Democratization and the Middle Class in China: The Middle Class's Attitudes toward Democracy
Chen, Jie, Lu, Chunlong, Political Research Quarterly
Do the middle classes in authoritarian, late-developing countries support democratization? Among scholars, there seems no clear consensus on this question. To fill this gap, this article examines the case of the middle class in China, based on data collected from a probability-sample survey. The findings from this study indicate (1) the middle class does not necessarily support democratization in authoritarian developing countries, (2) there is a negative correlation between the middle class's dependence on the state and its support for democracy, and (3) the middle class's perceived social and economic well-being is also negatively associated with its democratic support.
Chinese middle class, democratic attitudes, public opinion survey
As Chinese society has become increasingly modernized in the past three decades, the new middle class1 in China has steadily emerged as a salient socioeconomic and sociopolitical force. Facing such phenomenal emergence and expansion of the middle classes in China and other developing countries, political scientists and policy leaders have constantly pondered at least two important questions: Do the middle classes in developing countries support political democratization, when the political systems sanctioned by the states in these countries are nondemocratic? And why do or do not these social classes support democracy and democratization? These questions have a lot to do with predicting the role of the middle class in political change in the developing world as well as with understanding the dynamic relationship between economic modernization and political democratization in developing countries.
Among scholars of the middle class and democratization, however, there seems no clear consensus over these questions. Furthermore, almost none of the early studies on these issues are based on systematic probability samples of middle-class individuals in authoritarian, developing countries, samples that could provide more robust and conclusive findings on the attitudes of the middle class toward democracy and democratization in those countries. To help fill this gap in and contribute to the ongoing exploration of the role of the middle class in the developing world, this article examines the case of the middle class in the most populous developing country, China. Specifically, it attempts to shed some new light on both the level and sources of the middle class's democratic support, based on data collected from a probability sample survey conducted in three Chinese cities in late 2006 and early 2007 (see Survey and Sample, Supplemental Materials at http://prq.sagepub.com/supplemental). It is hoped that this study will not only help to illuminate the orientation of the middle class toward democratization in China but also examine some key propositions from earlier studies of the middle class's role in democratization in other developing countries.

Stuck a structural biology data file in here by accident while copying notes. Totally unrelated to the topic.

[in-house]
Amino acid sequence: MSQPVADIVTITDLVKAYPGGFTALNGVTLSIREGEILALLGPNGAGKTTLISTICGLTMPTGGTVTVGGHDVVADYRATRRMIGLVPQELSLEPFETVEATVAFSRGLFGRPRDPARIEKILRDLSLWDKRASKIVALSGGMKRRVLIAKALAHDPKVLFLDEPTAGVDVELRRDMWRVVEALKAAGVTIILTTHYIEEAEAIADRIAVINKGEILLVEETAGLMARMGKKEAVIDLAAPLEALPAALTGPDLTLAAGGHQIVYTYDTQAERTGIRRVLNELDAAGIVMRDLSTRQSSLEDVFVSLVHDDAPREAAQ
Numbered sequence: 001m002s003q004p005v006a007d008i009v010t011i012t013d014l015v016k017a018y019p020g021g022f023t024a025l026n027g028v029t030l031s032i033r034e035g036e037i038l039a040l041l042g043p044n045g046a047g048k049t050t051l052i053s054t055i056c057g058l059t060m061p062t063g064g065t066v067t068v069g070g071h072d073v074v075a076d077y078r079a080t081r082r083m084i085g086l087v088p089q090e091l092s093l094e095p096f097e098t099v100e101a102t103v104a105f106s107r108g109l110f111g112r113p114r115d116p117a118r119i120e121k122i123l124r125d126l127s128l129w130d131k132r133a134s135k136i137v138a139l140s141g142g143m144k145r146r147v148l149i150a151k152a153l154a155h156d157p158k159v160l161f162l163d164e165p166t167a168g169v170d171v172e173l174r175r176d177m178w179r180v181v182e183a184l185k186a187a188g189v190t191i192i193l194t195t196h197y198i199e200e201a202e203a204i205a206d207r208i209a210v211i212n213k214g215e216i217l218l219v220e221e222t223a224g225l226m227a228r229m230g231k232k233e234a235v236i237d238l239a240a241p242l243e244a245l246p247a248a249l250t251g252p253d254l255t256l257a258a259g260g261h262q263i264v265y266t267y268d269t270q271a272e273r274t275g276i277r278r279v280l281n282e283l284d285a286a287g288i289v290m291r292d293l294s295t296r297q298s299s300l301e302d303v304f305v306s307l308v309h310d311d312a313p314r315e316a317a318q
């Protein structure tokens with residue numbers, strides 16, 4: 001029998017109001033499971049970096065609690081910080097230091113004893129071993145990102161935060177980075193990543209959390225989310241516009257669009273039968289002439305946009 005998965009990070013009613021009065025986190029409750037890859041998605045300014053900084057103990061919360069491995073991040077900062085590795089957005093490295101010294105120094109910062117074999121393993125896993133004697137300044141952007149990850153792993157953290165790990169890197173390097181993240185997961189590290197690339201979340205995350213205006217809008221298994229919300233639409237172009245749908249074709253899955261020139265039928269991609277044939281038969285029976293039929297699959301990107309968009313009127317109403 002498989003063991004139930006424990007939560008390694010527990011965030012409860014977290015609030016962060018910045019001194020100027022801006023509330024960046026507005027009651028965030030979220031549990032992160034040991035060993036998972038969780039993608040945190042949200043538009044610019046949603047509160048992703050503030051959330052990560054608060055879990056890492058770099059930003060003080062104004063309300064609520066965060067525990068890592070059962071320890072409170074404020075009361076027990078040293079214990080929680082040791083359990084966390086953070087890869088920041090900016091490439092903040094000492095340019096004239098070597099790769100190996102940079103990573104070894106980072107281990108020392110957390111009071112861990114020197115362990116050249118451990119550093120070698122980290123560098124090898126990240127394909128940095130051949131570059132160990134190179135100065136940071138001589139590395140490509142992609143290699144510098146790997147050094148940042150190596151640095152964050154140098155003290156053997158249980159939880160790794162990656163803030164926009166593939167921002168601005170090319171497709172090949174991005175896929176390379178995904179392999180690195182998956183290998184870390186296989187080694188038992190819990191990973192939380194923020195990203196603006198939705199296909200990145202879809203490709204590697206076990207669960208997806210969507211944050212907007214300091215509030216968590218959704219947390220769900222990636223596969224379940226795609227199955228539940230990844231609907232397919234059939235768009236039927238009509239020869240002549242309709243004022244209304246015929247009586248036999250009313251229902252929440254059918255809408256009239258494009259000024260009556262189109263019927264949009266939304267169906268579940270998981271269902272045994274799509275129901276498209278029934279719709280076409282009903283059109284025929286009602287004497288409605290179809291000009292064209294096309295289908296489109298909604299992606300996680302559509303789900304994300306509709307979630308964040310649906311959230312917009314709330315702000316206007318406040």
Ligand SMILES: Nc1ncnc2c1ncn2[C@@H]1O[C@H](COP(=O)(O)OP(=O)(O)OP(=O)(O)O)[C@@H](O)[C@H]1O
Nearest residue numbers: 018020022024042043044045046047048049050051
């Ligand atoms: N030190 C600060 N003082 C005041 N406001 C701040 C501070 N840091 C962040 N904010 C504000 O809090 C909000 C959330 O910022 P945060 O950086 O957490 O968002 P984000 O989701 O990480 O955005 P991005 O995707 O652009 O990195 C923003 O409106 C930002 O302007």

Theories of Middle Class's Democratic Support
There is a large body of literature on the orientation of the middle class toward democracy and democratization (see, also, Literature on Democratization and the Role of the Middle Class in Democratization, Supplemental Materials). Within this general literature, there seem to be two distinct approaches. One can be considered a "unilinear" approach that draws on some aspects of modernization theory.2 This approach emphasizes the relationship between economic modernization and political democratization. It contends that as modernization unfolds in a society, the levels of the individual's income, education, socioeconomic mobility, and freedom valuation markedly increase. All these attributes in turn promote democratization in a nondemocratic society and strengthen the democratic institutions in a democratic society. According to this approach, more importantly, "the rising middle class universally embodies these [attributes]" and serves as the "main thrust of the democratization movement" (Hattori, Funatsu, and Torii 2003, 129-30). …